“Implementation of such a framework would reduce duplication and costs, broaden access to additional asset classes and enhance risk management practices,” the report stated.
Keith Ambachtsheer, president of KPA Advisory Services and director, Rotman International Centre for Pension Management, Rotman School of Management, University of Toronto, calls Mr. Morneau's recommendations “spot on.”
Echoing the Ontario report, the Pennsylvania report said consolidation would “provide for greater investment returns.” And that is the bottom line.
Last year, New York City Mayor Michael Bloomberg and John C. Liu, city comptroller who oversees the New York City Retirement Systems, recommended unifying the boards of the five separate funds, whose assets total a combined $122 billion. Mr. Liu called the systems “unwieldy, inefficient and heavily politicized.”
The proposal, which never moved forward, might have gone further than the Ontario idea, under which the pension and other investment funds in the province would still keep their boards and have fiduciary responsibility for asset allocation.
A Massachusetts law is a step in the right direction, providing for transferring to the Massachusetts Pension Reserves Investment Trust board control of assets of local government retirement funds whose funded ratio and investment rate of return fall below specified minimums.
The Ontario report also looks at the U.K., where the Treasury and the London Pensions Fund Authority are evaluating the potential of creating a new investment entity that would manage £30 billion ($48.3 billion) in assets pooled from some 35 pension funds.
Other entities sponsoring public pension and other investment funds should examine the possibility of consolidation in the face of underperformance and relatively small amounts of assets. States with the largest numbers of public-sector defined benefit plans after Pennsylvania are Illinois with 451; Florida, 302; Minnesota, 137; and Michigan, with 132, according to Mr. Wagner's report.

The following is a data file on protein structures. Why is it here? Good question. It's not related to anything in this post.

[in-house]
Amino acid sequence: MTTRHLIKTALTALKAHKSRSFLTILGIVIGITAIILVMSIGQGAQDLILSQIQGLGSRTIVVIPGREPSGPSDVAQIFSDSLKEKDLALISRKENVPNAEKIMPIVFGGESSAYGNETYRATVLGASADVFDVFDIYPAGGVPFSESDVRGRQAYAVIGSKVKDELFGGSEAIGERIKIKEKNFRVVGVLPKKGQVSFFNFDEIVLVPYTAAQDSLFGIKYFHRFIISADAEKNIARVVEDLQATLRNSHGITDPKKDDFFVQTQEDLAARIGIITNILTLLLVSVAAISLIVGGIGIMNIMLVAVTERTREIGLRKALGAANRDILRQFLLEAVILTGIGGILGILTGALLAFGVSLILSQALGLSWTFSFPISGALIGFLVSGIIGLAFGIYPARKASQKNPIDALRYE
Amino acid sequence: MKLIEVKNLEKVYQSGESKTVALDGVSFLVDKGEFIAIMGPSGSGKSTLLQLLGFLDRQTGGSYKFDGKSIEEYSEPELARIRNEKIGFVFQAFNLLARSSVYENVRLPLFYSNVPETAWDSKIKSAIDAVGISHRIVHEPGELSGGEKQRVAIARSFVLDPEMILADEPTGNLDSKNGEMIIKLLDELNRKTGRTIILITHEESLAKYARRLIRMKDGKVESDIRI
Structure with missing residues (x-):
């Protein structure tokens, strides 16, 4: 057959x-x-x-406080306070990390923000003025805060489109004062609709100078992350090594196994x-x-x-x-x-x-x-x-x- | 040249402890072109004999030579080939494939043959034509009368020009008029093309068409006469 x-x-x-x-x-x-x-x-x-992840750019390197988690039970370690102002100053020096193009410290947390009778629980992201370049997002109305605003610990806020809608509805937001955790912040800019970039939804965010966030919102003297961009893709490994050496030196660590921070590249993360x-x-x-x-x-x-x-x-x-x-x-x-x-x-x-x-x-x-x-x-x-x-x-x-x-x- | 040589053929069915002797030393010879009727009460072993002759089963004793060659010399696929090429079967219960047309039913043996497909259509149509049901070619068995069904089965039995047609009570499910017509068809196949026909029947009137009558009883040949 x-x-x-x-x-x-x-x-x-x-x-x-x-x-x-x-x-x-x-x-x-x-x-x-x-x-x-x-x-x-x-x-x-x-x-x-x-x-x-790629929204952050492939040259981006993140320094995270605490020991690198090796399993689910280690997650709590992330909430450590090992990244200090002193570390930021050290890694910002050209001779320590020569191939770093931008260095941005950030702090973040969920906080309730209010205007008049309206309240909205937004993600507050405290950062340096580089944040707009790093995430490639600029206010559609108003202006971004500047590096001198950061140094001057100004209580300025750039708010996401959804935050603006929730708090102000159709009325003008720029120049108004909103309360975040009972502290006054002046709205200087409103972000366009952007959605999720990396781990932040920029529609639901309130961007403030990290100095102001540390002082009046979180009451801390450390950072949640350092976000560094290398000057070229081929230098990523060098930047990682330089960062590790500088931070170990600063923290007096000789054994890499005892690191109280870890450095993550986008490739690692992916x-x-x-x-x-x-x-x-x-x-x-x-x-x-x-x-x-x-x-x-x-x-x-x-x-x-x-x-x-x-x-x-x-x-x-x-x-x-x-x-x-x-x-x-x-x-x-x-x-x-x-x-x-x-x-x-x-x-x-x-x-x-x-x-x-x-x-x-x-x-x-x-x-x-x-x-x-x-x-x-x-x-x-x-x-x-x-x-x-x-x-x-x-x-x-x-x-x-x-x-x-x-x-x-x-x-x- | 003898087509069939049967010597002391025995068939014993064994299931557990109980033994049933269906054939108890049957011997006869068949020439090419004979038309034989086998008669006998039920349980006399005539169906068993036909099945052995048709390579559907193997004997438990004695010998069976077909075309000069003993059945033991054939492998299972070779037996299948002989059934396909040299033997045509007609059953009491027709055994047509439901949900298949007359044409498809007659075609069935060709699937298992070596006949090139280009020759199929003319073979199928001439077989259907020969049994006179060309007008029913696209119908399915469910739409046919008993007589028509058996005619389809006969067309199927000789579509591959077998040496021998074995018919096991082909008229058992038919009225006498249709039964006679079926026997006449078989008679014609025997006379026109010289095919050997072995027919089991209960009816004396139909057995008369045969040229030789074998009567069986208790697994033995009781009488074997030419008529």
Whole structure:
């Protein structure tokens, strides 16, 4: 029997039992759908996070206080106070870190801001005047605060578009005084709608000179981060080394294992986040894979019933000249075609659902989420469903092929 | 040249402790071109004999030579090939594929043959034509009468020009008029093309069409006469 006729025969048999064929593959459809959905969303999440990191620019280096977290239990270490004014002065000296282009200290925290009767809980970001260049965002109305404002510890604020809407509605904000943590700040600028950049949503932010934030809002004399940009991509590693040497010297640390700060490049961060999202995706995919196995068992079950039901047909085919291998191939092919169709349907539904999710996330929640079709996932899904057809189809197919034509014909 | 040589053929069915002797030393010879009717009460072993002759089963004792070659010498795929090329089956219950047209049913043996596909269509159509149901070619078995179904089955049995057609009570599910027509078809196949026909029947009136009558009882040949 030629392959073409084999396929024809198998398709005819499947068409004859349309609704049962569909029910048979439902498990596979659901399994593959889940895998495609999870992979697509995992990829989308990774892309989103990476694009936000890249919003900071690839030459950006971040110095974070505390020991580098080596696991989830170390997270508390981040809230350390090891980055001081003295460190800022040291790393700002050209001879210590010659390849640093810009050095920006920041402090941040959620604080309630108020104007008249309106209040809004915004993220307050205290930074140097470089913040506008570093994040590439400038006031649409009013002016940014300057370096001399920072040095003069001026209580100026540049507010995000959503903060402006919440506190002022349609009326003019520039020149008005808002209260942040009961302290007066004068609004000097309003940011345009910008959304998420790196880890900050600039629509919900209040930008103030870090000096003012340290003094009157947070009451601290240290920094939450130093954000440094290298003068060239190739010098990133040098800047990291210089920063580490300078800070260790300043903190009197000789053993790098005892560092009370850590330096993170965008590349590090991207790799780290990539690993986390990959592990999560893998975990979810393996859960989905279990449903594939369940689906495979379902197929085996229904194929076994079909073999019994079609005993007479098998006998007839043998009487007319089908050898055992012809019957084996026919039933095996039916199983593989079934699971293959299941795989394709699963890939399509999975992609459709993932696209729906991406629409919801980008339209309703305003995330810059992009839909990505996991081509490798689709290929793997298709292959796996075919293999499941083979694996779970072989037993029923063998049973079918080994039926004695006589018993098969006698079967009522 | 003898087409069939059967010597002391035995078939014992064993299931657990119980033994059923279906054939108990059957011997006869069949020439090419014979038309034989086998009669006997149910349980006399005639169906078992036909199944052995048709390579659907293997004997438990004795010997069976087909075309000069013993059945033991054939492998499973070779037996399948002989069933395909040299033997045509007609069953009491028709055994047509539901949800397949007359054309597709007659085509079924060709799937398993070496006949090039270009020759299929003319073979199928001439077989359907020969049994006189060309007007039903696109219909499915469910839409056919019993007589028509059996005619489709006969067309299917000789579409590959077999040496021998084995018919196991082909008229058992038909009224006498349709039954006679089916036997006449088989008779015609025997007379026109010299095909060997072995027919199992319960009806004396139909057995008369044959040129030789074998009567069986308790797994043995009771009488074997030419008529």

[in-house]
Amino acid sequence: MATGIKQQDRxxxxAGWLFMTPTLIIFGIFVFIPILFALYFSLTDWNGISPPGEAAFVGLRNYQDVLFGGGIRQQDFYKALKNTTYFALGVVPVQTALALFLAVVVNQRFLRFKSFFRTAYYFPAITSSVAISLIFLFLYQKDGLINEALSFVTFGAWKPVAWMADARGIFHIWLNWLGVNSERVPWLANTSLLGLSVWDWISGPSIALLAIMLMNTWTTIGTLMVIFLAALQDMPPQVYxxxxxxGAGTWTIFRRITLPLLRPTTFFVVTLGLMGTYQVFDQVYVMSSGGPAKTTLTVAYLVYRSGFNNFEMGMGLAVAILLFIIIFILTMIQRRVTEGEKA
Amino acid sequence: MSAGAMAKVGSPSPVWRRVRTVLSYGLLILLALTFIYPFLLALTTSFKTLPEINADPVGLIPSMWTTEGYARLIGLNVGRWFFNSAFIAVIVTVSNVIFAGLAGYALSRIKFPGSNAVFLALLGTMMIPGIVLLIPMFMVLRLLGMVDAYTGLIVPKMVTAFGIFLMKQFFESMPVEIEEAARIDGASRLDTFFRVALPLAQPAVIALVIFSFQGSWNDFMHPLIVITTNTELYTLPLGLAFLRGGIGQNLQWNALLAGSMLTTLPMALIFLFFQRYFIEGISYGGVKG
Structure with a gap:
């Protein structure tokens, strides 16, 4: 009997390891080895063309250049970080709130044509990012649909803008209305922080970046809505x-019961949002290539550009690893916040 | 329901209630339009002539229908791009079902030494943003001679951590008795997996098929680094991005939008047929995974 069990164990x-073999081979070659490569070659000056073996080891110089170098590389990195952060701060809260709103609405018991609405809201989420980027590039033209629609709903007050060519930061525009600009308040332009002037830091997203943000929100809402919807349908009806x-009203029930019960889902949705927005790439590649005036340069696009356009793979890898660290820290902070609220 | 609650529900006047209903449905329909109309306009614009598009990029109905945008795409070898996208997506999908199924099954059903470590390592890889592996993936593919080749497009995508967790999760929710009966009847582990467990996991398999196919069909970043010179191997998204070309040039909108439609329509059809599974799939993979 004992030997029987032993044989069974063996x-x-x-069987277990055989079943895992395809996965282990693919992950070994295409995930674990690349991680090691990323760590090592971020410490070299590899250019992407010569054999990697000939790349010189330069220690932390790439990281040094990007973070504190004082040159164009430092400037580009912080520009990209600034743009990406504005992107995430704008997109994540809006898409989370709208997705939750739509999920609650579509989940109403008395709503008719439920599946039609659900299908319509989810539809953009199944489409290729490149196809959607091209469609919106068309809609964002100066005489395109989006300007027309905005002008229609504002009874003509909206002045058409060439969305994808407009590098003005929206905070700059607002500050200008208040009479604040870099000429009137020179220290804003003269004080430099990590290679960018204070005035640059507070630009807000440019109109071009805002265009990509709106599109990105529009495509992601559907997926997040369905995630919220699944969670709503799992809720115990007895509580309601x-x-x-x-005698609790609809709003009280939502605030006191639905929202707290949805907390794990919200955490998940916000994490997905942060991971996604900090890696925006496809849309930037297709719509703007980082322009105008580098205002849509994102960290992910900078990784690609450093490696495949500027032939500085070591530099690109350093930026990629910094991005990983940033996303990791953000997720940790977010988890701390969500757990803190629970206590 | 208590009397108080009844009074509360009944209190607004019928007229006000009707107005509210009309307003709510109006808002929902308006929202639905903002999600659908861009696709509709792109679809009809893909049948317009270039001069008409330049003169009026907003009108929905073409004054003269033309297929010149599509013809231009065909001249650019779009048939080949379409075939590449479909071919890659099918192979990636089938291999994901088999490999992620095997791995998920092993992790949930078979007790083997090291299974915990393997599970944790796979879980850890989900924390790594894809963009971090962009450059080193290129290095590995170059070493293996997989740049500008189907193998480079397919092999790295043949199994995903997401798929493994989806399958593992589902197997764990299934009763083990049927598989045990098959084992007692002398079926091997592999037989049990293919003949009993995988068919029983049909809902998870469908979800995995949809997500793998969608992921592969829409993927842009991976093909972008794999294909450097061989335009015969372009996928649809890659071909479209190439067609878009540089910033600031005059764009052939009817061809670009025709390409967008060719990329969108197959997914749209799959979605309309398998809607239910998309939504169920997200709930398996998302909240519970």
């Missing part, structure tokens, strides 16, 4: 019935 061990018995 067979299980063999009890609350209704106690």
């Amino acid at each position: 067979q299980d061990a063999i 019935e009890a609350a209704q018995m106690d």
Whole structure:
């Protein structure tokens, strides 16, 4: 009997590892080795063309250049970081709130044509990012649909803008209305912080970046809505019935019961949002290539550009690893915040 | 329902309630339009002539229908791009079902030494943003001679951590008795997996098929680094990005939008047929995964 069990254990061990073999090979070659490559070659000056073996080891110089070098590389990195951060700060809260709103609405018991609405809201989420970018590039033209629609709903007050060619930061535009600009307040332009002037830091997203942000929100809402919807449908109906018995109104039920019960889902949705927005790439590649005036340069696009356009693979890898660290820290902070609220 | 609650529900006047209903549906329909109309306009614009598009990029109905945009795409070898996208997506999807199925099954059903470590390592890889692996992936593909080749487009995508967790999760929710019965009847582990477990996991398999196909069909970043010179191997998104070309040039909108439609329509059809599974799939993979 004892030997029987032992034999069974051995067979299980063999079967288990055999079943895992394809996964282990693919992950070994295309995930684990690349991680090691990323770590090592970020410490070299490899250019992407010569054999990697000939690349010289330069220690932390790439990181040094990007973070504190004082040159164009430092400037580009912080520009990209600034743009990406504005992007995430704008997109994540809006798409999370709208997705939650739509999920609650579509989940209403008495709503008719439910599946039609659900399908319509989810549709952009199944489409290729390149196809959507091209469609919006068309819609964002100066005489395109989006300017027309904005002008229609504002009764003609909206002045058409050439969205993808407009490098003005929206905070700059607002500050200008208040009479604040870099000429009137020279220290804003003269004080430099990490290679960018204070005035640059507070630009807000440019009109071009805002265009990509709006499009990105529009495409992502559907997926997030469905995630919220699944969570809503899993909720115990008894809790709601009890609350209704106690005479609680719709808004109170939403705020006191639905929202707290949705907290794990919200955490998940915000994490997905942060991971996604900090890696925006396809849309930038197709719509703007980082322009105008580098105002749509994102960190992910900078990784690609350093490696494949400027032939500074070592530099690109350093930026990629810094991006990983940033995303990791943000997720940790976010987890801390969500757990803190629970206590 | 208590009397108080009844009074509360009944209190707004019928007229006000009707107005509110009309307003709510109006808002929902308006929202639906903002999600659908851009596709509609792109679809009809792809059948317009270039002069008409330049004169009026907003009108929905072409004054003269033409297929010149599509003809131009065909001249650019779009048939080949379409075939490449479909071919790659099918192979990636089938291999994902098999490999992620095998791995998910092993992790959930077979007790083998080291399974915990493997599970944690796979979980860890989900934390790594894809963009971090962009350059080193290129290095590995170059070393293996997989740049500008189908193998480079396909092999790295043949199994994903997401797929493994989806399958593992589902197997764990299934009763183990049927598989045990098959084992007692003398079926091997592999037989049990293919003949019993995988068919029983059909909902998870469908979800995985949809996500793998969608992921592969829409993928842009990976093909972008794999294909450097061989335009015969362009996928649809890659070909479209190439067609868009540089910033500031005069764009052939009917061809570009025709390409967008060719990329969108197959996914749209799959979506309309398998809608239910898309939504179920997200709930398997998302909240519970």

The pressure of severe pension plan deficits and state and municipal financial budget distress is a primary catalyst for considering plan consolidation and should force policymakers to come to terms with obsolete, scattered systems of investment management.
“The most important reason for consolidation is to reduce cost of administration and ... improve investment returns,” Mr. Wagner said in an interview. These consolidations would save “easily in the tens of millions, if not hundreds of millions, of dollars” for taxpayers, while improving the retirement system finances. As Mr. Wagner noted, “The major funding source (for pension plans) comes through investments.”
But even a large plan cannot achieve scale advantages without well-structured governance, an independent board, and management with well-defined objectives, focused on implementing, monitoring and measuring them.
Meanwhile, the executive and legislative branches of Pennsylvania and Ontario should embrace the consolidation proposals to improve their public fund management, increase returns and reduce costs, and provide an example for other scattered systems.
Without consolidation, systems of scattered funds in many cases are not sustainable in the long run. n
This article originally appeared in the December 10, 2012 print issue as, "A bigger fund is better".